Humor

October 15, 2009, 9am PDT
Some excellent video illustrations of how including an element of fun can change people's behavior, including the 'World's Deepest' Trashcan.
thefuntheory.com
September 11, 2009, 2pm PDT
With names like Aspen Grove and Sunrise Park, you might mistake these suburb designs for the real thing. But something's not quite right in artist Ross Racine's birds-eye views of imaginary suburbs.
The Infrastructurist
September 4, 2009, 2pm PDT
The Honolulu City Council is considering a bill that will make it illegal to bring "odors that unreasonably disturb others" onto the bus.
Honolulu Advertiser
August 21, 2009, 2pm PDT
The Department of Transportation has released a new report urging drivers to combat traffic congestion by honking -- a method estimated to relieve 90% of traffic.
The Onion
August 14, 2009, 1pm PDT
A sign pointing southbound travelers onto Business Highway 51 in Rothschild and Schofield bears an incorrect spelling for every word except "exit."
Wausau Daily Herald
Blog post
August 12, 2009, 5pm PDT

For serious transportation policy wonks lately every day is like Christmas.  Climate change, bailout, deteriorating infrastructure, reauthorization, aging baby boomers, bailout, stimulus, new administration, economic development, global competition, urban redevelopment, bailout, etc.  One has all they can do to just keep up with all the relevant news and positioning say nothing of understanding it.  In fact, I don’t understand it.   

Steven Polzin
August 7, 2009, 2pm PDT
A 20-year old Chicago man has been arrested by federal agents for imitating transit officials and repeatedly interfering with Chicago Transit Authority communications.
Chicago Breaking News Center
July 31, 2009, 2pm PDT
A sample of public comments from meetings in the eccentrically out-there city of Santa Cruz, California.
SoWat TV
Blog post
July 24, 2009, 12pm PDT

Move over XBox; step aside Playstation.  The height of game-playing action is free and it's online.  The new game in town is University of Minnesota, Intelligent Transportation Systems Institute's "Gridlock Buster".  Test your mettle on the increasing levels of difficulty in processing vehicular traffic through a network of intersections.

Ian Sacs
July 23, 2009, 12pm PDT
While the Comedy Show's Jon Stewart can't get too excited about "Cap & Trade", Secretary of Energy, Steven Chu, does his best to explain the importance of the Waxman-Markey climate legislation to him.
The Daily Show
Blog post
July 8, 2009, 7pm PDT

Everybody knows that most, if not all, of downtown businesses' customers arrive by car.  So it's intuitive to try to come up with a way to encourage drivers - who normally wouldn't venture downtown - to hop into their rides and cruise on down to Main Street to shop for wares.  If we could do this, just think of all the new business we'd be stimulating!  In continuing with this logic, it's also a given that it's impossible for would-be customers to actually get to downtown without the essential attaché to driving, gasoline.  So, isn't it therefore intuitive to suggest that if cities were to give away a little bit of gas to each customer – you know, to kind-of thank them for their generosity - then customers would find an overwhelming incentiv

Ian Sacs
June 18, 2009, 10am PDT
In this 'anything-goes' Q & A between the NYT Magazine with Secretary of Transportation Ray LaHood, we learn about the derivation of his name, the car he drives, and more appropriate topics liks HSR, infrastructure, and George Will.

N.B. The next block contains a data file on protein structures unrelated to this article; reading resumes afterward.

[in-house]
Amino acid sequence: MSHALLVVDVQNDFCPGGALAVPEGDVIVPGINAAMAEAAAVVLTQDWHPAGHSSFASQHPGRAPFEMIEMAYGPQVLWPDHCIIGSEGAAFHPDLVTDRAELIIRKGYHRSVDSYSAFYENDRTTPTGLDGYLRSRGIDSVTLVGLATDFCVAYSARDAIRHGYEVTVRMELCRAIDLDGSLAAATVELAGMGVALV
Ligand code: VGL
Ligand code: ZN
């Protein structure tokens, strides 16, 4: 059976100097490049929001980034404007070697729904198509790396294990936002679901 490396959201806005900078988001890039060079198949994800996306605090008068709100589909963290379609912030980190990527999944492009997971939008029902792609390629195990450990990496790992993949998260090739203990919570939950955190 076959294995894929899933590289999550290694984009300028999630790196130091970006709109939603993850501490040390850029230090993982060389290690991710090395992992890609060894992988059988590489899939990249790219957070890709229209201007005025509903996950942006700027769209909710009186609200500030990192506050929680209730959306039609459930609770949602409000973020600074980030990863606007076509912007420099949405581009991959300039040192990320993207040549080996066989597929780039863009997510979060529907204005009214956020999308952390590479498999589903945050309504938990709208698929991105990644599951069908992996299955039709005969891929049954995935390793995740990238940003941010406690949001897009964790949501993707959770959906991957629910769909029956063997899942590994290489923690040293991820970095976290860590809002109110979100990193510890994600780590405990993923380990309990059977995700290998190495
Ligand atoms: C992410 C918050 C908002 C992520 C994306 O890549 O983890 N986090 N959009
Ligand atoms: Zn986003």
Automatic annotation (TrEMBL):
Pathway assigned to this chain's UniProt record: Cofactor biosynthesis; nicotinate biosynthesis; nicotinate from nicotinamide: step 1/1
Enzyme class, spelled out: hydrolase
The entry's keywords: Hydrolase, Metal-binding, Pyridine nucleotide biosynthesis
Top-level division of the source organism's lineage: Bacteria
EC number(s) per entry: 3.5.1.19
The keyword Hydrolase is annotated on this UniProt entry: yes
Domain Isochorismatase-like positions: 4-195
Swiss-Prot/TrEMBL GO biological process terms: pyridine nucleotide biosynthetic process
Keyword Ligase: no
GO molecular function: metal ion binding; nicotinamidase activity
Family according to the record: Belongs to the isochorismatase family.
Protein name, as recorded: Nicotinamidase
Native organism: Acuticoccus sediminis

The New York Times - Magazine
May 15, 2009, 2pm PDT
The Onion reports on the "window-shattering ceremony" officially opening Detroit's newest slum, a neighborhood designed with the "latest in high-risk, hopelessly impoverished housing options."
The Onion
Blog post
May 8, 2009, 10am PDT

Mike Lydon
May 6, 2009, 11am PDT
This slide show includes pictures of unorthodox bus stops all over the world, including Yellowstone National Park, Estonia, Japan and Brazil.
Toxel.com
Blog post
April 13, 2009, 11am PDT

Once upon a time public rights-of-way were simpler; they made sense.  The mobile laws of society were black and white.  Streets were for cars and sidewalks were for, well, walking on the side of the street.  You know, out of the way?  At some point recently though things have started to blur, and it's starting to get just a little bit out of control.  It's hard to put one's finger on it, but lately there's been this funny notion that the street itself, long the gift to man-and-machine, is supposed to be shared with people who just can't seem to keep themselves on their side of the curb.  Woe is me, in some instances there isn't even a curb anymore!  What's worse, it seems apparent that our public officials, the very people we elect to represent us an

Ian Sacs
April 10, 2009, 2pm PDT
Dogs in Moscow have learned to ride the subway to and from "work".
English Russia
Blog post
April 10, 2009, 12pm PDT

DISCLAIMER:  This is a true story, but I do not pretend that it has great social significance.  Just one of those many "lighter moments" in a planning career.

I was in my home state of Colorado, at a zoning board meeting.  I do not recall why I was there (it must have worked out satisfactorily, or I would remember).  I do remember one case that the board heard, however. 

Eric Damian Kelly
April 3, 2009, 2pm PDT
This piece from <em>The Onion</em> presents the incredibly simple solution to the nation's economic troubles: build more houses.
The Onion
April 1, 2009, 2pm PDT
It has been revealed that the White House's Urban Affairs Agenda is entirely based on a late-night round of the computer game "Sim City", played by President Barack Obama and Urban Affairs Secretary Adolfo Carrion.
Planetizen April 1st Edition